Breach of Warranty – West Virginia has adopted the standard UCC express warranty [W. Va. Code § 46-2-313]; implied warranty of merchantability [W. Va. Code § 46-2-314]; implied warranty of fitness for particular purpose [W. Va. Code § 46-2-315].  A seller’s warranty (express or implied) extends to any natural person who is in the family or household of his buyer or who is a guest in his home if it is reasonable to expect that such person may use, consume or be affected by the goods and who is injured in person by breach of the warranty [W. Va. Code § 46-2-318].

 

Definition of “Defect” (WEST VIRGINIA)

 

A defective product may fall into three categories: design defectiveness; structural defectiveness; and use defectiveness arising out of the lack of (or the inadequacy of) warnings, instructions and labels.  The general test for establishing strict liability in tort is whether the involved product is defective in the sense that it is not reasonably safe for its intended use. The standard of reasonable safeness is determined not by the particular manufacturer, but by what a reasonably prudent manufacturer’s standards should have been at the time the product was made [Morningstar v. Black & Decker Mfg. Co., 253 S.E.2d 666 (W. Va. 1979)].

 

 

 

 

Liability of Sellers (WEST VIRGINIA)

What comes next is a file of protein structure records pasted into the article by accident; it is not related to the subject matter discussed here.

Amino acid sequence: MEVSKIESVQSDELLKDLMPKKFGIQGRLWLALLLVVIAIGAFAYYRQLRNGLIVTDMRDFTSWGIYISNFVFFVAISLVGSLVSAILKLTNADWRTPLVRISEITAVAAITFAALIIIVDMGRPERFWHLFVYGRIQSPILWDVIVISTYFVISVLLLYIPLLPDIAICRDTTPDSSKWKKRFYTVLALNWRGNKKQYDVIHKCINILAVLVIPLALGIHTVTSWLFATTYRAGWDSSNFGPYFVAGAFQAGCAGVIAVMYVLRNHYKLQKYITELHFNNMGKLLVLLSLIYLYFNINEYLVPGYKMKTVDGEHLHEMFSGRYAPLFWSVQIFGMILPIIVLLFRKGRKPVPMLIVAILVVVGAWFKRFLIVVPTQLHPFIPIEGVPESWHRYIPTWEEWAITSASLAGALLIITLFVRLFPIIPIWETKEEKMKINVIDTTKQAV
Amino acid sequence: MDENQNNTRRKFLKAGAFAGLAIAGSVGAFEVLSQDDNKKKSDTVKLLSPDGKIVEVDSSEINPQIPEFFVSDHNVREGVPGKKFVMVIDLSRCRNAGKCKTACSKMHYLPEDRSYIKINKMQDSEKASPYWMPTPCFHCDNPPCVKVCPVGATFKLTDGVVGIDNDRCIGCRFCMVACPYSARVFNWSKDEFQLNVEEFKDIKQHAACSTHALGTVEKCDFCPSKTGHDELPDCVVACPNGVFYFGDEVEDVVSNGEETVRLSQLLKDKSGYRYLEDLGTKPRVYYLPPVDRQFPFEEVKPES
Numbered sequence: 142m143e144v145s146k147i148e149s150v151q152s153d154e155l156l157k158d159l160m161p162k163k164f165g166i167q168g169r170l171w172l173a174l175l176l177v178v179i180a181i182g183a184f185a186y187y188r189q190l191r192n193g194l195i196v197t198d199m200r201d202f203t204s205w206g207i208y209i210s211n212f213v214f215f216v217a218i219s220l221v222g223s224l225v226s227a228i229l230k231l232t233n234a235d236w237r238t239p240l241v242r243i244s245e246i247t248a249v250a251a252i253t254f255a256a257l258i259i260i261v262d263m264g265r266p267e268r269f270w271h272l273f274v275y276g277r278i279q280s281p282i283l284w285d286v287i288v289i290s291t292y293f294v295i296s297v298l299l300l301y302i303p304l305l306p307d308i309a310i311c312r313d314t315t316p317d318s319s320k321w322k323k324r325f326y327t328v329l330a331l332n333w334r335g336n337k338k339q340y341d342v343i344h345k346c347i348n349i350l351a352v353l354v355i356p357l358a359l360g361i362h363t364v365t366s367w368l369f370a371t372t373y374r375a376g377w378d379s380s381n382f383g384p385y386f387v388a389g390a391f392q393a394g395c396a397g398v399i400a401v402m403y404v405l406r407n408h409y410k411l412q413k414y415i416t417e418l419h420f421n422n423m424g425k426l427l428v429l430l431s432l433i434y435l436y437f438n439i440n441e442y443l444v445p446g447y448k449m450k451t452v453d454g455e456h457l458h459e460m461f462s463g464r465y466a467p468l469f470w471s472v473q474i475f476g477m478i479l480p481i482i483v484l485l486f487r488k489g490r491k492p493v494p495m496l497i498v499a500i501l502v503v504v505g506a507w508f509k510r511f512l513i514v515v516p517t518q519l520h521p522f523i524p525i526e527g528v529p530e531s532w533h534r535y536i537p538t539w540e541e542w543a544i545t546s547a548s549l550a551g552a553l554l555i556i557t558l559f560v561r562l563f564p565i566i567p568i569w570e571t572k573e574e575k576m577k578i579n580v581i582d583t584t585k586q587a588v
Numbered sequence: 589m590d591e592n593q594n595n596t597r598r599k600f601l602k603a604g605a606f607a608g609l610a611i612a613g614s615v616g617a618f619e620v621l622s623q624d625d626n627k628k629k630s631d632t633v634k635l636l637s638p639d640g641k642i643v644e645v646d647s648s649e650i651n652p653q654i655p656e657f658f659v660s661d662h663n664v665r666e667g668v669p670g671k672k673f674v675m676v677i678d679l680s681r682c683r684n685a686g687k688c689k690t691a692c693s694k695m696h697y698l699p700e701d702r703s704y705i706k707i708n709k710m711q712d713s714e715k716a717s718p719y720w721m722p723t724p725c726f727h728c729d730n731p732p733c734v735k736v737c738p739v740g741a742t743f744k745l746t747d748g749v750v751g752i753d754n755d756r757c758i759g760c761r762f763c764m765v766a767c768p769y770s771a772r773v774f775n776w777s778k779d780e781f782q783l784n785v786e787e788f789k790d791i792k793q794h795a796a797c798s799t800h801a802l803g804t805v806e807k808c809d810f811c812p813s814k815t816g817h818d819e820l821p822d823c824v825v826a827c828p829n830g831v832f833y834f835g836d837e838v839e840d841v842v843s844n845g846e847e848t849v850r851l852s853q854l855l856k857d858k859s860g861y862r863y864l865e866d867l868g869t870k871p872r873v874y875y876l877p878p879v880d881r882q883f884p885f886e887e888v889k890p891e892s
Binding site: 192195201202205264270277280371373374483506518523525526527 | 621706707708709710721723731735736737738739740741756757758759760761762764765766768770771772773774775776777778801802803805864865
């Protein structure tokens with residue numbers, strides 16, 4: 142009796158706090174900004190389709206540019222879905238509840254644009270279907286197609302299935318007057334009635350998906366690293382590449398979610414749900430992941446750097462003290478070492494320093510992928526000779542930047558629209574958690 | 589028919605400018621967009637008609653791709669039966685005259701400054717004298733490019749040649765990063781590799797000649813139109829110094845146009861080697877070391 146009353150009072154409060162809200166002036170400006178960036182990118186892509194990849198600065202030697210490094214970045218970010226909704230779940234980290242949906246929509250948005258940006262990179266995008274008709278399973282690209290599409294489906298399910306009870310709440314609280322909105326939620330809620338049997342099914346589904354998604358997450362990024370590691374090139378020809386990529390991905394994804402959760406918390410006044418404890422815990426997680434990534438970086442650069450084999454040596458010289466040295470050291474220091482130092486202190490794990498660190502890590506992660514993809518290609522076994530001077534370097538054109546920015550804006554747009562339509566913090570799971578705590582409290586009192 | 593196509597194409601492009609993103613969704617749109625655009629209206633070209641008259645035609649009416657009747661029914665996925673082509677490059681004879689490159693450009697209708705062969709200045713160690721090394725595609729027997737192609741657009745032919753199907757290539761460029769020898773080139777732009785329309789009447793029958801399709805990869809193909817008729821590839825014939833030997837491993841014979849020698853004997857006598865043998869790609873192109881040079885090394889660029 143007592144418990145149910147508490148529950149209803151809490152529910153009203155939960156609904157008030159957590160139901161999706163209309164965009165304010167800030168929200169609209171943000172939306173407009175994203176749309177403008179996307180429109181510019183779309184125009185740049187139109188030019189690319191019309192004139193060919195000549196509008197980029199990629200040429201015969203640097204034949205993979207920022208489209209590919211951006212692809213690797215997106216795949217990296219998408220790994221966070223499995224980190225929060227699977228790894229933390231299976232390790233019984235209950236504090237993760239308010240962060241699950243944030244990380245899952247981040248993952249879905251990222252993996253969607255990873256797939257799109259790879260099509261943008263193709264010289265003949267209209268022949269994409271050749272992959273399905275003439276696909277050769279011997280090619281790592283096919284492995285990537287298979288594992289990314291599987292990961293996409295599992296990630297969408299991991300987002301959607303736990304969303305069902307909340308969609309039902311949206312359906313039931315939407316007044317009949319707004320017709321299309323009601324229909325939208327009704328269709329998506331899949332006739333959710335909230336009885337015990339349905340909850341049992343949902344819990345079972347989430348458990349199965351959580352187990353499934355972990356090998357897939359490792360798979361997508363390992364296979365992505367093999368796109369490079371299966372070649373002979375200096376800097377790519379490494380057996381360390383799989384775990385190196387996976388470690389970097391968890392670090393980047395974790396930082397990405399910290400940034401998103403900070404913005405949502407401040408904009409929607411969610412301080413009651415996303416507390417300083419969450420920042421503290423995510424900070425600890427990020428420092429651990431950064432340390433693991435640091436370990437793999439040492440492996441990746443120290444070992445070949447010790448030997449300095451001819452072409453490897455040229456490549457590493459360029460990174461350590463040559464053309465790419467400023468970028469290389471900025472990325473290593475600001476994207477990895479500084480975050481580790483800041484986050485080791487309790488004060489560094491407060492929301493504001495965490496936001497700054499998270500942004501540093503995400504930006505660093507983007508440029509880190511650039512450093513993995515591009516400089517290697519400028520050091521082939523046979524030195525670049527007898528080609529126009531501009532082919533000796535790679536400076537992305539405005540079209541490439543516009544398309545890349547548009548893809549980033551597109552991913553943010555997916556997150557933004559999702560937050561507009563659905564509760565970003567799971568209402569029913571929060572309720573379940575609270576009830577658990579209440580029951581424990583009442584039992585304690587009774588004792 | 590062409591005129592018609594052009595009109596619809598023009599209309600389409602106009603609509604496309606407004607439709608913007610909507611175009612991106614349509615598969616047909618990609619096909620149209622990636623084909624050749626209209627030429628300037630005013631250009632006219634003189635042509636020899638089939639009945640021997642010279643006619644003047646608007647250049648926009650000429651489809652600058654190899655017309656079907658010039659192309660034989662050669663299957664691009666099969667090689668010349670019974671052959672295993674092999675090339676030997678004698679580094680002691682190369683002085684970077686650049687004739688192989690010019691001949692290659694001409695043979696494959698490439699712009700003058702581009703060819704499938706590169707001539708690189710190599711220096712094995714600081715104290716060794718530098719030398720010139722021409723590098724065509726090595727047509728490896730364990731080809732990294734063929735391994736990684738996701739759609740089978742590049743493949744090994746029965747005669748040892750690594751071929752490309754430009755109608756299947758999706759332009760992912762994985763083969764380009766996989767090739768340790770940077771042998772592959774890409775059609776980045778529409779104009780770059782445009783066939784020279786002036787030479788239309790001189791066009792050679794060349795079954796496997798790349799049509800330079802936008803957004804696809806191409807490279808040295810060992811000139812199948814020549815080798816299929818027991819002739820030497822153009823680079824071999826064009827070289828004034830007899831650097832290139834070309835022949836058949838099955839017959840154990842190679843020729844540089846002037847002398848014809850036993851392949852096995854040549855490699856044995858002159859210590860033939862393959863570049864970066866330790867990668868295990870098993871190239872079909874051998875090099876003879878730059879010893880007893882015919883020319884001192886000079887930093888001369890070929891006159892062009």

The rule for establishing strict liability applies to both the manufacturer and the seller, who are engaged in the business of selling such product which is expected to and does reach the user without substantial change in the condition in which it was sold [Morningstar v. Black & Decker Mfg. Co., 253 S.E.2d 666 (W. Va. 1979)].  An innocent seller can be subject to liability simply by virtue of being present in the chain of distribution of the defective product [Dunn v. Kanawha County Bd. of Educ., 459 S.E.2d 151 (W. Va. 1995)].

 

Defenses (WEST VIRGINIA)      

 

Comparative Negligence – West Virginia follows modified comparative negligence (damages are diminished in proportion to Plaintiff’s fault, but Plaintiff cannot recover if he is 50% at fault) [W.Va.Code, § 55-7-13c].  Comparative negligence is available as an affirmative defense in a cause of action founded on strict liability so long as the complained of conduct is not a failure to discover a defect or to guard against it [Star Furniture Co. v. Pulaski Furniture Co., 297 S.E.2d 854 (W. Va. 1982)].

Assumption of Risk – Under a comparative assumption of risk system, the defense of assumption of risk does not operate as a complete bar to the plaintiff’s recovery. Instead, the plaintiff’s degree of fault arising from the assumption of risk is determined by the jury, and the total award of damages is then diminished accordingly [King v. Kayak Mfg. Corp., 387 S.E.2d 511 (W. Va. 1989)].